When you live with a chronic disease like leukemia you have very heightened intuition. You develop a honed sense of self and learn how to analyze and differentiate between the little systemic bugs, chinks, and cliches that “normal” people face, and those that may be disease related. That skill becomes more advanced the longer you live with the disease. Ten years ago I would get confused over whether everything I felt was disease related or none of it was.
Today, I think I know myself pretty well and I feel like I’ve taken a more active role in my care and treatment this past year. I feel lucky that fitness has always been such a significant component of my life because my fitness level and perceived exertion has also proven to be a valuable and accurate barometer to measure my overall state of health. I’ve learned the difference between feeling exhausted from a great workout, and feeling exhausted from something just being off. I had some runs this year where my body just shut down. It stopped as if a switch was turned to off. A two mile run felt like a ten mile run and a five mile run felt like a marathon.
It was these runs, in addition to an elevated white blood cell count, and some much enlarged lymph nodes that threw the red flag for me and led me to my current treatment path. Most of this year, I felt disconnected from my body. My leukemia was making a move and waiting for my response. My response was an aggressive one. My response was full bore chemo (Bendeka) & monoclonal antibody (Rituxan) treatment plan that my doctor referred to as “the big guns”. There was no doubt in my mind that treatment was the right call. In fact it was me who initiated that notion. I knew I was “off” and needed to reboot. And while this treatment is highly toxic, it also has a very high success rate.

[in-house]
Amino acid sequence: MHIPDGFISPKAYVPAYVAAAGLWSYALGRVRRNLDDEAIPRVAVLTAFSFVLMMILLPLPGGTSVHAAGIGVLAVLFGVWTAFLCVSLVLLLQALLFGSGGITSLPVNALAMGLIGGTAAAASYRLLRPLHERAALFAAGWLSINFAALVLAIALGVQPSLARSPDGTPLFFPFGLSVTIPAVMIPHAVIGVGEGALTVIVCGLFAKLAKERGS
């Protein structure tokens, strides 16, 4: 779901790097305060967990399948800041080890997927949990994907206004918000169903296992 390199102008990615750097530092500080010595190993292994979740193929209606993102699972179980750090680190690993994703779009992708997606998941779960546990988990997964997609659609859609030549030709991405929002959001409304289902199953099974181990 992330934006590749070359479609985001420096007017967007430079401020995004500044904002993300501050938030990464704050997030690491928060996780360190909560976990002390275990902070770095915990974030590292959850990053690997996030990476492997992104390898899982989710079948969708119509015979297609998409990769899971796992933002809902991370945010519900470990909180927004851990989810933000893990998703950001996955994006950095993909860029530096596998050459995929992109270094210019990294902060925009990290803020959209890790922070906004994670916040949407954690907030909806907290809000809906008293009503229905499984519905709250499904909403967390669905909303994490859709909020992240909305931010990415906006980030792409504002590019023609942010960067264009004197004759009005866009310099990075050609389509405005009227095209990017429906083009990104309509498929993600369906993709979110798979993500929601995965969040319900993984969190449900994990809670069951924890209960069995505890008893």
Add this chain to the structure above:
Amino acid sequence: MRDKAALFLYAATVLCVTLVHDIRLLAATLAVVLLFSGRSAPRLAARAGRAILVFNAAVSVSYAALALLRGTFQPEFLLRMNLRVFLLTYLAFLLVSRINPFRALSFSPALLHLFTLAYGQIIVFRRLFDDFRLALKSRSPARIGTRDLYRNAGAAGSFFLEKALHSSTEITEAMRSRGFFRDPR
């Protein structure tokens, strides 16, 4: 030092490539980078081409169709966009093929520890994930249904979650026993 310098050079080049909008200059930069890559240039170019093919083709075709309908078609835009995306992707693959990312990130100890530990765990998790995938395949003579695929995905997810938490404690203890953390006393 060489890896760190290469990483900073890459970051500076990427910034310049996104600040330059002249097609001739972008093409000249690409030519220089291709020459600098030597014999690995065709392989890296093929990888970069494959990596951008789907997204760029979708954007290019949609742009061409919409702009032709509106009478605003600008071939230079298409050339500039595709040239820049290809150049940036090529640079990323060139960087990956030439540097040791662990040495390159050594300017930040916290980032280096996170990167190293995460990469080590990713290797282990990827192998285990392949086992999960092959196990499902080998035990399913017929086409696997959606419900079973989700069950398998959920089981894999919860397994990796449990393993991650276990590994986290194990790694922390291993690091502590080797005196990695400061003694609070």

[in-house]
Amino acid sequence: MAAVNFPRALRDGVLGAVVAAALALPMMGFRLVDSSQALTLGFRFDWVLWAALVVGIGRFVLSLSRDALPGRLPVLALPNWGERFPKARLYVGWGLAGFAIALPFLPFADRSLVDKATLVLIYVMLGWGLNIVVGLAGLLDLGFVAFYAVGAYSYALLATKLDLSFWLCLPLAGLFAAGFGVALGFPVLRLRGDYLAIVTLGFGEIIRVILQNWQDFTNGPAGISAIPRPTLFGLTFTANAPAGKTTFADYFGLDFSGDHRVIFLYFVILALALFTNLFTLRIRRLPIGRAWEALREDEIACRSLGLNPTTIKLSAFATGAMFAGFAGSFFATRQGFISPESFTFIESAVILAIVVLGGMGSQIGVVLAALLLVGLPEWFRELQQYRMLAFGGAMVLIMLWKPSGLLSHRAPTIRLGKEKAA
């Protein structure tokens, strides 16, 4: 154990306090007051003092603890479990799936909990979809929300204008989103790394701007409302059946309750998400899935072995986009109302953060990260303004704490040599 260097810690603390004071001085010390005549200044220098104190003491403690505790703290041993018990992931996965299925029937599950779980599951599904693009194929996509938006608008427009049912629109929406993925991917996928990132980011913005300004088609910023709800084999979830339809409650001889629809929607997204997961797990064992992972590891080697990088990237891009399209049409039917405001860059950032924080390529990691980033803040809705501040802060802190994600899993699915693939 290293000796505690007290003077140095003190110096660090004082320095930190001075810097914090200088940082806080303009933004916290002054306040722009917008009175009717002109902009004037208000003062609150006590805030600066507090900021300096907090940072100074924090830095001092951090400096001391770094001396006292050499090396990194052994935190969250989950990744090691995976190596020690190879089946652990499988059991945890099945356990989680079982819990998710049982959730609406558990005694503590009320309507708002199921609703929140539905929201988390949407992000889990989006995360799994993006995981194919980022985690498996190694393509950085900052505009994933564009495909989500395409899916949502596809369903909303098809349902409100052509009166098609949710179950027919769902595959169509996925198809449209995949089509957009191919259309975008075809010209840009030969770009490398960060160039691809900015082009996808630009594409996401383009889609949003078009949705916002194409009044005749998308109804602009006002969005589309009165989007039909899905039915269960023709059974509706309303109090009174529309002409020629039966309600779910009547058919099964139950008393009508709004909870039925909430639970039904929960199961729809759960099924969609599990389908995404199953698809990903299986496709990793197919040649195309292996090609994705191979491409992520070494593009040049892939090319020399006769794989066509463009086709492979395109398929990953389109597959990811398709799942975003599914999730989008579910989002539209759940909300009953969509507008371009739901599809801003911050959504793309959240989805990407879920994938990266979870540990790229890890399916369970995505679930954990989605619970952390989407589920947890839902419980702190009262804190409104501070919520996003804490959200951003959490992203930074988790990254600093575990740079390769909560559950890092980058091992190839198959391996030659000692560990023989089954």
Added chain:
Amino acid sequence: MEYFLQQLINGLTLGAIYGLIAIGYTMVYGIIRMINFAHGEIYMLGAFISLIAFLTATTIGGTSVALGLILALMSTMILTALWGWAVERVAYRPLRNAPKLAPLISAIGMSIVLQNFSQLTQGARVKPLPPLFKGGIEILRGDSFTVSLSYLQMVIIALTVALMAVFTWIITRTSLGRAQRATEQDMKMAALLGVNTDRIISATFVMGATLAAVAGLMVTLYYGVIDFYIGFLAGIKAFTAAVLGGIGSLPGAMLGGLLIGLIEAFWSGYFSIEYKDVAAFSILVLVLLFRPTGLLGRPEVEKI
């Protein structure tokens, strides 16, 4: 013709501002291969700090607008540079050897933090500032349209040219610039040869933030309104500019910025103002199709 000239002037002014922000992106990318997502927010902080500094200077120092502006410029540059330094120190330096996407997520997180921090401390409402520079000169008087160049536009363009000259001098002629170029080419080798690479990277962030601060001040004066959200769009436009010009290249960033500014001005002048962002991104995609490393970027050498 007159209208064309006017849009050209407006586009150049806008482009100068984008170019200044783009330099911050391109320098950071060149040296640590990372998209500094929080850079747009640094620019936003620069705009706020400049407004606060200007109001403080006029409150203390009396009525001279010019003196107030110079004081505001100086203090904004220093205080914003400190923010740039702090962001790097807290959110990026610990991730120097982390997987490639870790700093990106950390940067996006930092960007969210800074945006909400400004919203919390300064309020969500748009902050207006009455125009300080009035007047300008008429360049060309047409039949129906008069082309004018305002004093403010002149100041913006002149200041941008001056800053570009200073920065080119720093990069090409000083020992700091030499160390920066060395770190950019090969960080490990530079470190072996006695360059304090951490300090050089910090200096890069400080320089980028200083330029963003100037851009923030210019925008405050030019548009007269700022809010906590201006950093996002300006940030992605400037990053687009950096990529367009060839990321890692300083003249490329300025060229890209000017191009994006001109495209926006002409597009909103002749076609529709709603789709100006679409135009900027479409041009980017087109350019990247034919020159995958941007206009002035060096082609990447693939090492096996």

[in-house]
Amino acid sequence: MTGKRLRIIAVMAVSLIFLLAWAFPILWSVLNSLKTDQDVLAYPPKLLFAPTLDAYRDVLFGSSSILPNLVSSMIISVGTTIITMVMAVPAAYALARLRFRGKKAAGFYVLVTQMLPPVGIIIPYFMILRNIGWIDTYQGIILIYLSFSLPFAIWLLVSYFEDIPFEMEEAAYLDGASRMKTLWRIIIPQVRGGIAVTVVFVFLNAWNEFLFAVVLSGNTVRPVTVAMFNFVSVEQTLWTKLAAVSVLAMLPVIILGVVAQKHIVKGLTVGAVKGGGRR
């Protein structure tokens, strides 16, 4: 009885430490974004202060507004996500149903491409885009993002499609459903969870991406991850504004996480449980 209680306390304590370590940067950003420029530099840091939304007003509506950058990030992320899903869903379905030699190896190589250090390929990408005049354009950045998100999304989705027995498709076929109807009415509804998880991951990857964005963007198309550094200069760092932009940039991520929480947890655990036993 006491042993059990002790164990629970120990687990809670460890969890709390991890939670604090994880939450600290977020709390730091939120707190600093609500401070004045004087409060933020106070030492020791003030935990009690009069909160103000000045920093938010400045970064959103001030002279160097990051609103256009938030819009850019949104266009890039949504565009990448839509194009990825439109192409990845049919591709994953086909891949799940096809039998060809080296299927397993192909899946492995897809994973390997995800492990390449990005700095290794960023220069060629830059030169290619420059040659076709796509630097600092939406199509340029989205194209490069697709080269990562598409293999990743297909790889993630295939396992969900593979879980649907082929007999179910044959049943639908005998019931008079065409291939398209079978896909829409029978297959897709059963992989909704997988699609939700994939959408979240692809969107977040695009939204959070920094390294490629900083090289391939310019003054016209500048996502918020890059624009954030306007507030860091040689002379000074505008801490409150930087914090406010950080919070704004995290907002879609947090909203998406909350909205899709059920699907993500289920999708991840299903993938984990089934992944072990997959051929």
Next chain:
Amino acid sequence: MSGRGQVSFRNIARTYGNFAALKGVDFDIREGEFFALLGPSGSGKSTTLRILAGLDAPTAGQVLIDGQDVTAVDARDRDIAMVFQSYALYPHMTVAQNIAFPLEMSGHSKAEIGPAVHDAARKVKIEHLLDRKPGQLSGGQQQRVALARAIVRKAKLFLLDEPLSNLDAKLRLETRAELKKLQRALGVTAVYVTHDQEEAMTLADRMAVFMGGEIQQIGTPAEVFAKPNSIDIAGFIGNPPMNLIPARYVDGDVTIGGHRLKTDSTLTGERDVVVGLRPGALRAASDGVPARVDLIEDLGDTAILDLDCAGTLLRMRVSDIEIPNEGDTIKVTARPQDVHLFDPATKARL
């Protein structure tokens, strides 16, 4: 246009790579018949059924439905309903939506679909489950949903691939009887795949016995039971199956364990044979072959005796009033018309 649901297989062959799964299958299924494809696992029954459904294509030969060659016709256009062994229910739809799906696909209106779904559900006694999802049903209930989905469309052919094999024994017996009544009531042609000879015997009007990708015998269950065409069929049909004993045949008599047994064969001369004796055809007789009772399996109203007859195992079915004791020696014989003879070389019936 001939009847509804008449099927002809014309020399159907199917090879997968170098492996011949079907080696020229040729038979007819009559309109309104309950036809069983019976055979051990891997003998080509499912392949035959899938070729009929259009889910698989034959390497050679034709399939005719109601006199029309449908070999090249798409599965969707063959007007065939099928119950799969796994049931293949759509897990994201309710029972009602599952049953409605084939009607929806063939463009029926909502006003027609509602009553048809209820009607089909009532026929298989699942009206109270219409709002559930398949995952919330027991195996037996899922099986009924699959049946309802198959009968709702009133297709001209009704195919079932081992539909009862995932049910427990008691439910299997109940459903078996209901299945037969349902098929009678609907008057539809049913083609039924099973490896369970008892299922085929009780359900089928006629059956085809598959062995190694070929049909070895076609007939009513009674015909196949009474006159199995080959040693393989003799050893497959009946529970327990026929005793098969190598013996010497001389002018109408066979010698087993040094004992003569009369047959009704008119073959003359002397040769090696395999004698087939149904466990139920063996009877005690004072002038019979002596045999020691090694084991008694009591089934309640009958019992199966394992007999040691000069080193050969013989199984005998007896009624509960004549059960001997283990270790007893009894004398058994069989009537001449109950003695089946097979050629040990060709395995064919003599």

Since July I’ve been receiving monthly treatment. If you are reading this, you are probably well aware of that fact. And each treatment was filled with a series of ups and downs. There were some perfect days where I didn’t even feel like I was being treated with anything. And there were some hard days and nights where I felt toxic. There were days when I felt good enough to go for a run, and there were sleepless nights where nausea, fatigue, and excruciating pain or complete numbness of my arms took over. I would often sit in the chemo recliner and look up at the bags of clear fluid flowing into my system amazed at how something so seemingly innocuous could be so poisonous. A friend and foe at the same time.
It’s been a journey, but a positive one. I’ve gained a greater understanding of these treatment drugs and my body’s response. I’ve learned how to navigate and be patient with the roller coaster effects of this 28-day treatment cycle protocol. I’ve celebrated the little victories and buckled up for the turbulent turns. And I’m seeing great results. My blood work is aligning as it should and my lymph nodes have retreated to more normal size. And most importantly, I FEEL good. I feel like myself again. I’ll know next week at my check up if we are officially done with treatment but if my intuition is right – we’re done.